¶ 4. At Westbrook's trial, the State presented the testimony of several witnesses. John Smith, the victim, was the first to testify .1 Smith testified that when he was around the age of twelve, he lived in the same apartment complex as Westbrook, and the two became friends. Westbrook would take Smith out to get meals, to go to the movies, and to buy him clothes. Westbrook even opened a bank account for Smith. They also spent time together in both Westbrook's and Smith's apartments. Smith testified that while they were spending time together, Westbrook would rub his hands on Smith's penis and bottom, but Westbrook never put his hands down Smith's pants or underwear. Smith also testified that it made him uncomfortable when Westbrook would kiss him on the cheek. When Smith was fifteen years old, he moved to Arkansas to live with his father after his mother became concerned with his relationship with Westbrook. His parents instructed him not to have any contact with Westbrook. A letter was presented to Smith at trial, and according to him, he received the letter from Westbrook. The letter included a poker chip and a prepaid calling card. According to Smith, the poker chip was a gift/souvenir from the many times they went to Ameristar Casino together. The calling card was supposed to be used only to call Westbrook. The letter was addressed to “Buddy–Roo,” which Smith confirmed was a nickname given to him by Westbrook. It also stated that Westbrook was interested in coming to Arkansas to visit Smith and that he “would have no problem finding [Smith]” because he was a former police officer. The letter also stated: “I [am] sure we can find a way to meet somewhere. Maybe go for some pizza and then to my hotel to visit for a while.” Smith also testified that on several occasions he caught Westbrook masturbating in the bathroom right after Westbrook had been rubbing on Smith's privates.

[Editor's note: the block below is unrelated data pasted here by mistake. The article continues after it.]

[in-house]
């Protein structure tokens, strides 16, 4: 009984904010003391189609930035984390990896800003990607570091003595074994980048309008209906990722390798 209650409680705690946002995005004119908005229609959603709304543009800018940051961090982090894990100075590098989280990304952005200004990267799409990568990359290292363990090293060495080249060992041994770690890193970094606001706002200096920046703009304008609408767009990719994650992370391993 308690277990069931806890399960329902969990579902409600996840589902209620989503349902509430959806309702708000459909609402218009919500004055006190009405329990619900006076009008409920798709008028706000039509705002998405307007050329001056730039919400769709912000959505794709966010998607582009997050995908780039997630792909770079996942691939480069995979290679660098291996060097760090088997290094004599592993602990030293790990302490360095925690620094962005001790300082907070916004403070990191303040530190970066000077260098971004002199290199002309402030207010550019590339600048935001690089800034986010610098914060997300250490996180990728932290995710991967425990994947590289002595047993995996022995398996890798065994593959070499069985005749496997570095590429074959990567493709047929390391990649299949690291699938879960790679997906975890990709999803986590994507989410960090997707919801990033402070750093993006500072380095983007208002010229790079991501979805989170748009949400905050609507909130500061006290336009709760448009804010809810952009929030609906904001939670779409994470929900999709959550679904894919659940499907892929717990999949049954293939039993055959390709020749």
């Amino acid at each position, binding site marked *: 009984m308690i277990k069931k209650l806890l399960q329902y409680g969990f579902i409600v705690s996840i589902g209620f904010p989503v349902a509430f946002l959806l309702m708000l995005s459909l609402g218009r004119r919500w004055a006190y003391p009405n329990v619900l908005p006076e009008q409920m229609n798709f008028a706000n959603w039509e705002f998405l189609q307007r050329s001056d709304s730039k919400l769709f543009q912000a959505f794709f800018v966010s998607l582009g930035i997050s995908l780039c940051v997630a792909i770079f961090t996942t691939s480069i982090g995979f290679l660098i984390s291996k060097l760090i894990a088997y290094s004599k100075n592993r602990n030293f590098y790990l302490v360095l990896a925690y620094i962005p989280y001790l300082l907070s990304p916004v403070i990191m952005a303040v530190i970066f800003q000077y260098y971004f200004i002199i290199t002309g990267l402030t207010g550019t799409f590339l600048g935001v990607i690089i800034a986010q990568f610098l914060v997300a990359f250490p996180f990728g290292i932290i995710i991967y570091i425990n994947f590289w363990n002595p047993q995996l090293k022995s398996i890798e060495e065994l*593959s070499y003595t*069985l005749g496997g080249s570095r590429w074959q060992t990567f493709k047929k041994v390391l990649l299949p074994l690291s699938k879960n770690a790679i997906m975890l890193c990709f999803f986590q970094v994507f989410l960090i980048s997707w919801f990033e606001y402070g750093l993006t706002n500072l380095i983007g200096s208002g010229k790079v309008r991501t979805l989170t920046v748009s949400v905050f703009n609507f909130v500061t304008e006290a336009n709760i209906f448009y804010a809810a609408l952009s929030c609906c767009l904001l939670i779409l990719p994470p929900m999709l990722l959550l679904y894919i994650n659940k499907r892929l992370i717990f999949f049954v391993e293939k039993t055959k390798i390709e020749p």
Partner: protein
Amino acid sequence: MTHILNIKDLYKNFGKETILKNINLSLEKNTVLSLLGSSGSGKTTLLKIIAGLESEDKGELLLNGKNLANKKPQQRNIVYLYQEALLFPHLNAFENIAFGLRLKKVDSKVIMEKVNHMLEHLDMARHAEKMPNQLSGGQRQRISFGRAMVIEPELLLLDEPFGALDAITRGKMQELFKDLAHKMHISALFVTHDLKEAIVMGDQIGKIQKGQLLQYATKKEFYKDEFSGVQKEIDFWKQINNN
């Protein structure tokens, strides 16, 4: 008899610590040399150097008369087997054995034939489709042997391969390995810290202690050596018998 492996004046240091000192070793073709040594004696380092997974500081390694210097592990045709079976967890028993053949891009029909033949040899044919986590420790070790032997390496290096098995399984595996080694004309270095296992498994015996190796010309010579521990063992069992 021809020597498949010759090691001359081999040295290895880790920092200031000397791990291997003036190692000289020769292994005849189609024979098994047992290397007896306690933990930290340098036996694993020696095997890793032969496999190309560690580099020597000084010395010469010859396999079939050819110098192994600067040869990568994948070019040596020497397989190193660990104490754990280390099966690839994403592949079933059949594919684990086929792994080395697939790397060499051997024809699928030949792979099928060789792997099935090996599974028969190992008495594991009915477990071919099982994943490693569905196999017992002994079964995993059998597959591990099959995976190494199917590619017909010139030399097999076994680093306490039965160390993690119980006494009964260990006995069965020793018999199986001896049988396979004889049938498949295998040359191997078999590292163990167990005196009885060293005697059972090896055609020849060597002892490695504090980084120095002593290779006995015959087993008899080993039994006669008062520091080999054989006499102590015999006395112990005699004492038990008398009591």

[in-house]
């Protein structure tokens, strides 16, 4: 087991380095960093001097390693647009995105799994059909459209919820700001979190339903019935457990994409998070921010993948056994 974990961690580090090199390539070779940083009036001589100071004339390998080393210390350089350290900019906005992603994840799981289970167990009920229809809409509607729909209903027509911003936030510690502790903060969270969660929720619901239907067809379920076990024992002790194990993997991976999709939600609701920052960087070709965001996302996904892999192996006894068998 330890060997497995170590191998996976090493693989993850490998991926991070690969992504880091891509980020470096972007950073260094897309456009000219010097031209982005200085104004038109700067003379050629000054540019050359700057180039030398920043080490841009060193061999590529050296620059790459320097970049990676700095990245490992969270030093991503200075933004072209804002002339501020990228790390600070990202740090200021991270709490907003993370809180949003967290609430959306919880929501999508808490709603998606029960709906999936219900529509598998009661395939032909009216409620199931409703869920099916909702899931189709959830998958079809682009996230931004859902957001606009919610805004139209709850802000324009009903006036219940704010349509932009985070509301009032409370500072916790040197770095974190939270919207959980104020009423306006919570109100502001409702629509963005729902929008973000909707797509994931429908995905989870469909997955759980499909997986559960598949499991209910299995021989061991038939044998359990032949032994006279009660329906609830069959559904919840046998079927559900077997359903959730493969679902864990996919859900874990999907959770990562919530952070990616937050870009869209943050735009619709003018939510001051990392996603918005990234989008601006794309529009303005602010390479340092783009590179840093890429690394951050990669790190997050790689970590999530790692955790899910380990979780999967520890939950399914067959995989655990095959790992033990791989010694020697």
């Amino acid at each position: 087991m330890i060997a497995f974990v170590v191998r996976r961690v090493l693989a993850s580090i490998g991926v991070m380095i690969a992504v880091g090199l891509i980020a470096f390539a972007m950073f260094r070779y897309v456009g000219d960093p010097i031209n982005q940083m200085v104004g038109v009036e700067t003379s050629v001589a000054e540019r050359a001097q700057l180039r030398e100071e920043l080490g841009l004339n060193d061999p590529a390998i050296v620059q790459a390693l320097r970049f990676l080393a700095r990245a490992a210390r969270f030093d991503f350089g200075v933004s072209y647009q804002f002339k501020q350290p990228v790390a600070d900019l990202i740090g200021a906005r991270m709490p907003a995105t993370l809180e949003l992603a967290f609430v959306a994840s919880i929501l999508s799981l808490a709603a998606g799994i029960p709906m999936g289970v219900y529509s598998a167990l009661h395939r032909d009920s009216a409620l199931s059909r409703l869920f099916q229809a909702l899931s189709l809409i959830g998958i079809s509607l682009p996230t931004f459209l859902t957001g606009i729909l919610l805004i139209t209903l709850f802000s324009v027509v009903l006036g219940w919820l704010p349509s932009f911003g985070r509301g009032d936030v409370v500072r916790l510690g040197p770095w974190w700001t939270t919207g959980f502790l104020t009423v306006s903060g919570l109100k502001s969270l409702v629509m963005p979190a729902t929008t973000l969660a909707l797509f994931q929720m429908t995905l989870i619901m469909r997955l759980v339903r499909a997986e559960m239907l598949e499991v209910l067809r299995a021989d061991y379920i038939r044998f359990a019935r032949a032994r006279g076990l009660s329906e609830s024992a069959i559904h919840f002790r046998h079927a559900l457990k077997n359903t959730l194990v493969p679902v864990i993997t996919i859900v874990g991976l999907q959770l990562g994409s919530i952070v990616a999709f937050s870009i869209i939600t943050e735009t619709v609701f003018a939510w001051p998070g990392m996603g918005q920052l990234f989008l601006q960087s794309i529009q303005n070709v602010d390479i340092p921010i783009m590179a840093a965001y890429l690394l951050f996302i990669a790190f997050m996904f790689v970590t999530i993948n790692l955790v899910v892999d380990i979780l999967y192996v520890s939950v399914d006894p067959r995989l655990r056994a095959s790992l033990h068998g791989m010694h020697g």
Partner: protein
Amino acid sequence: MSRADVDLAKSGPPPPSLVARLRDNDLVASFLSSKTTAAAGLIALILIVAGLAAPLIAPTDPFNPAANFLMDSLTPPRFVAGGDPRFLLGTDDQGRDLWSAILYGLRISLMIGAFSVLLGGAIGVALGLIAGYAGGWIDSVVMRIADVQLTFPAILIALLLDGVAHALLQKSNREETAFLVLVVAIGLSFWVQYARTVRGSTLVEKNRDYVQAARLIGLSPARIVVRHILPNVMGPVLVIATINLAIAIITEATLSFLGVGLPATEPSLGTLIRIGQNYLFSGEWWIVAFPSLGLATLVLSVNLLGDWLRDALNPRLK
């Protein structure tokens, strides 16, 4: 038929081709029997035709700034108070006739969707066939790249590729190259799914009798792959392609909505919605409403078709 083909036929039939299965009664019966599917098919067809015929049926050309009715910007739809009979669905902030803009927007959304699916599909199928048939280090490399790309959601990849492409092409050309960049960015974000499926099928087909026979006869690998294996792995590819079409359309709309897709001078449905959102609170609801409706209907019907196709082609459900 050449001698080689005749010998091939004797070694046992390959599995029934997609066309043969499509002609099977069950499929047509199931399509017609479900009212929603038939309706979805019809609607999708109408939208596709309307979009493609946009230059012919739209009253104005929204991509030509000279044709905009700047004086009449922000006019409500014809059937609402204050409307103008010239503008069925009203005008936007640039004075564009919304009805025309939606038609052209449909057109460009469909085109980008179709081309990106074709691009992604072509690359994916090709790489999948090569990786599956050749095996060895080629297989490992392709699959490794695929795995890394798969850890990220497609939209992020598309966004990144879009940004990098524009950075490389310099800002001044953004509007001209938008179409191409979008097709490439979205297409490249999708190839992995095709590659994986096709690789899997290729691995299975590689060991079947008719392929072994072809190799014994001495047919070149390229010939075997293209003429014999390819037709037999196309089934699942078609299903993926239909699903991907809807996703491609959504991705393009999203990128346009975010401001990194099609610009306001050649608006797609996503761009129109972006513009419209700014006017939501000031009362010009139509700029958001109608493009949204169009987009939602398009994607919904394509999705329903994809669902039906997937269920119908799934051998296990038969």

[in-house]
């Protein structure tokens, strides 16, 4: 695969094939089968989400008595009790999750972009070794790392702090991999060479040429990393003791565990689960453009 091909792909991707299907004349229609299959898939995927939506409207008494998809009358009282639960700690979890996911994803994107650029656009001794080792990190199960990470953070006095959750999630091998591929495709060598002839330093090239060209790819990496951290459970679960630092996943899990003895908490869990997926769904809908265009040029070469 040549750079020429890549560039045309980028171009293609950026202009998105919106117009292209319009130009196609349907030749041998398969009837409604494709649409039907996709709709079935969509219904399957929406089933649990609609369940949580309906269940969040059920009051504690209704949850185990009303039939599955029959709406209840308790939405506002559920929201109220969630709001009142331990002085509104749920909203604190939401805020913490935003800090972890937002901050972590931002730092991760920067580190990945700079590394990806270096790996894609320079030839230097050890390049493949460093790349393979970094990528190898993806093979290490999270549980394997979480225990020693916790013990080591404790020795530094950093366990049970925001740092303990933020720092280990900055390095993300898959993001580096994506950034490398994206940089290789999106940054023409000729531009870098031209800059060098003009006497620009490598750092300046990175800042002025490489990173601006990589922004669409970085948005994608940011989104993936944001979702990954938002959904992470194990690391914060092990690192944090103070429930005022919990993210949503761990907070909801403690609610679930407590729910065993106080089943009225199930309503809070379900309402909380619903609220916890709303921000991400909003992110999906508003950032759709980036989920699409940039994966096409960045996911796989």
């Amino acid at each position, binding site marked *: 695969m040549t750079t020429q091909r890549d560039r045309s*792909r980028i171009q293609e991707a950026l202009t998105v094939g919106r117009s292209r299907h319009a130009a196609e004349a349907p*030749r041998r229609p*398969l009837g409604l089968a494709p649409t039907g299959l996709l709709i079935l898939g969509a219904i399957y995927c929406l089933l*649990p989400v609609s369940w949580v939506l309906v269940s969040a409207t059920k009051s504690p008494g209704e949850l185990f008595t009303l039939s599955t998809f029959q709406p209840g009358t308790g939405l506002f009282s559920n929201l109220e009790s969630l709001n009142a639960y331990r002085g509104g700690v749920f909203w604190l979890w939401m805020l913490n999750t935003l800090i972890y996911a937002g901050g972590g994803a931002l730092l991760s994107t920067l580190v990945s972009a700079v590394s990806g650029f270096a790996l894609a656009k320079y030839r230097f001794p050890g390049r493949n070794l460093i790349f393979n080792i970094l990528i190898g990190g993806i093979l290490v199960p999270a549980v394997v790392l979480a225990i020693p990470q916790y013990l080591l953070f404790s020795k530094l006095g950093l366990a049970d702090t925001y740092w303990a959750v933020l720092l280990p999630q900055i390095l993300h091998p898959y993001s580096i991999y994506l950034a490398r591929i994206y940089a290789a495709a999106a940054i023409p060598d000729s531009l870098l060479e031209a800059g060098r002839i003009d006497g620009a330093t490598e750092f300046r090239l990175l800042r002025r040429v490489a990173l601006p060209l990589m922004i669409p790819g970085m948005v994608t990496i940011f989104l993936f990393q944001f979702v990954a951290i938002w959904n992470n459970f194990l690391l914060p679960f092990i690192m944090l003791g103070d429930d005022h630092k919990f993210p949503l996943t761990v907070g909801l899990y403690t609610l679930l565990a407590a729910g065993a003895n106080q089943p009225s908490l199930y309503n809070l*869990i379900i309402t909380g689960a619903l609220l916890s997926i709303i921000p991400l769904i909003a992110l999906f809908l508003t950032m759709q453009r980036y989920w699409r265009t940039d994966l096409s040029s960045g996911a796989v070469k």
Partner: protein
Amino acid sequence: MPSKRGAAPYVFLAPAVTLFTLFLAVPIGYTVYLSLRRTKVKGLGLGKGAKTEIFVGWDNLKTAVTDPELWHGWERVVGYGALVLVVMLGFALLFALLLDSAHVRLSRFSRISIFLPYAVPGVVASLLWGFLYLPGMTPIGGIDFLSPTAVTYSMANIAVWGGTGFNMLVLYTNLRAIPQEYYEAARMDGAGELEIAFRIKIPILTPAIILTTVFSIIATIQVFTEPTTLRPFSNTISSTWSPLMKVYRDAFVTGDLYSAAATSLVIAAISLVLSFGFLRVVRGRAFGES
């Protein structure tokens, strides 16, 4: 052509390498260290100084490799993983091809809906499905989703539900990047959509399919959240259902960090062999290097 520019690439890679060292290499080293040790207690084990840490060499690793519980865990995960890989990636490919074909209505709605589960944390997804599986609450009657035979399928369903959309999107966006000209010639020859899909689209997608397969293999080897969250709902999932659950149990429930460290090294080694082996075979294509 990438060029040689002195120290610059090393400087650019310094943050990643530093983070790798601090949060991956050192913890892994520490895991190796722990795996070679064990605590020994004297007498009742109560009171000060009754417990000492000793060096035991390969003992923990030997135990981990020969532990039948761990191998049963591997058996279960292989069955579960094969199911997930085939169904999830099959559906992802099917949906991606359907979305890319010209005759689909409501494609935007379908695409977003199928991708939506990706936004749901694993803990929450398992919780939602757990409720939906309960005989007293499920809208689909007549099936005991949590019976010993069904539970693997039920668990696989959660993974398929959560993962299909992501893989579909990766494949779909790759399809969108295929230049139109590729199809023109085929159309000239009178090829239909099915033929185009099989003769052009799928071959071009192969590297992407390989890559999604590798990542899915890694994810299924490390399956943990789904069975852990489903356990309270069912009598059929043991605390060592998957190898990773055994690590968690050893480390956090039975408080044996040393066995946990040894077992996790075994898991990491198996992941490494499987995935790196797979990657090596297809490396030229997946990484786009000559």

¶ 5. In addition to Smith's testimony, Smith's mother and their neighbor also testified that many of Westbrook's actions toward Smith made them uncomfortable. To them, Westbrook's behavior and actions, while making them wary, did not initially indicate molestation. As time went on, they became concerned something more inappropriate, such as molestation, was, in fact, going on between Smith and Westbrook. Some of these actions included: buying matching clothes, setting up a bank account in Smith's name, helping Smith skip school and taking him to the casino instead, telling Smith he loved him, and at least one instance of kissing Smith on the mouth as witnessed by the neighbor. The State also presented an audio recording of a phone call between Westbrook and an unidentified woman in which he expresses his anger and frustration that the phone card he sent Smith was used on phone calls to other people instead of phone calls to him. He again makes reference to being able to find Smith due to his past as a police officer.